Graphic courtesy of Wikipedia | The 2018 midterm elections ushered a Democratic majority into the House of Representatives. Many voters in purple areas of the country hope that this will prove to be a moment of bipartisanship to unite the country.
The views expressed in the following article are the opinion of the writer and do not reflect the opinions of the Newswire staff as a whole.
Elissa Slotkin will represent the 8th congressional district of Michigan in the 116th United States Congress. She is a moderate Democrat from my home district who just defeated incumbent Mike Bishop in a closely contested race. They ran in a district that has consistently voted Republican for the last 18 years.
With help from the Xavier University campaign internship program, I had the opportunity to be an office and field intern with the campaign over the summer. I also went back just before Election Day to help with the final Get Out the Vote (GOTV) week turnout effort. Both were amazing learning experiences that taught me a lot about what local politics is really like.
During GOTV week, I spent around 48 hours over the span of four days trudging around on wet pavement, knocking on every door to get every last supporter to the polls. I also spent an extra four to six hours each night trying to keep up with my regular responsibilities back at Xavier. I didn’t get more than four hours of sleep the entire time I was back home. No one said democracy is easy.
Election night, I walked into the watch event at around 8:15 p.m. completely physically and mentally spent. A couple nervous and uncertain hours later, I found myself surrounded by a motley crew of college students in the same boat as I was standing about fifteen feet away from Congresswoman-elect Elissa Slotkin as she gave her victory speech to a group of enthusiastic supporters who were packed into a rustic Midwestern athletic club banquet hall. Everybody in the room was as loud as you could be, even though the race wasn’t called until 1:15 a.m.
During her victory speech, she triumphantly declared that this was a turning point in Michigan politics as she called herself part of the new generation of “Midwestern Democrats” who were practical and willing to reach across the aisle to get things done. This winning message of bipartisanship and her rhetoric during the entire campaign is a contrast to how the current state of politics is portrayed by news outlets and how most people imagine it.
CNN, Fox News, MSNBC and an assortment of online publications are more than happy to point you to the loudest, most bombastic voices from both side of the political divide to make you feel like all those involved in politics are just yelling their meaningless talking points to sow political division and pump up their hardcore base. People seem to be ignoring candidates, such as Elissa Slotkin, who successfully reached voters across the aisle to address key problems in our country.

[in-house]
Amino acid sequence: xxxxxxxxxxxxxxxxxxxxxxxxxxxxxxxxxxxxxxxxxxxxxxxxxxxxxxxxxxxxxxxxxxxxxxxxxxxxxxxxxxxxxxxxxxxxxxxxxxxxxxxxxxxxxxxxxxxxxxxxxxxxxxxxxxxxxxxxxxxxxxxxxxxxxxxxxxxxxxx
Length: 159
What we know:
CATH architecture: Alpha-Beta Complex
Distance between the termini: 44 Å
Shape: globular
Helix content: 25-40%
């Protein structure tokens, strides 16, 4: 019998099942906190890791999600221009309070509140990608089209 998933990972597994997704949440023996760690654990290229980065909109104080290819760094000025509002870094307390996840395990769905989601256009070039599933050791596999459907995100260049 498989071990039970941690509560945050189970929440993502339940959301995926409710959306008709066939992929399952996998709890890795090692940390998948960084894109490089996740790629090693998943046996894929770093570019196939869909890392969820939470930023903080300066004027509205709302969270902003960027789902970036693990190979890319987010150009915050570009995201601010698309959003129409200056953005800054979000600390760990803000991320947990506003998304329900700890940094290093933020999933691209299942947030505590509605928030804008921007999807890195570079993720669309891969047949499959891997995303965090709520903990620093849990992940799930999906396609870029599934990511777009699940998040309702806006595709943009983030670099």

In Michigan, healthcare has been a part of the political conversation ever since Republicans tried to repeal the Affordable Care Act (ACA) in May of 2017. Although healthcare seems to be a highly politicized issue, one of the top priorities for most Midwesterners is bringing down the cost of healthcare so that more people can afford insurance. Slotkin ran on the promise that she would work to bring down the cost of healthcare by amending the ACA, a common sense policy compromise. I’m certain that many right-leaning voters, who would support a repeal of the ACA, chose to support Elissa because they knew that they had the same goal and an alternative method.
Voter turnout was also at an all-time high this election cycle. Many analysts are saying that the total could rival presidential year numbers. High levels of voter turnout, as well as a shift in who we are sending to Washington, have led me to believe that it is the start of a shift in American politics.
I am praying for a future where politicians rise above all the noise and dark money to fight for the issues their constituents care about. I believe that Elissa Slotkin won because the 2016 election was a wake-up call to our country to be active participants in our democracy. Her victory is a sign that a practical message, a goal and enough passion can win the hearts of Americans regardless of political affiliation.
Joseph Cotton is a first-year Philosophy, Politics and the Public major. He is a staff writer for the Newswire from Dearborn, Mich.
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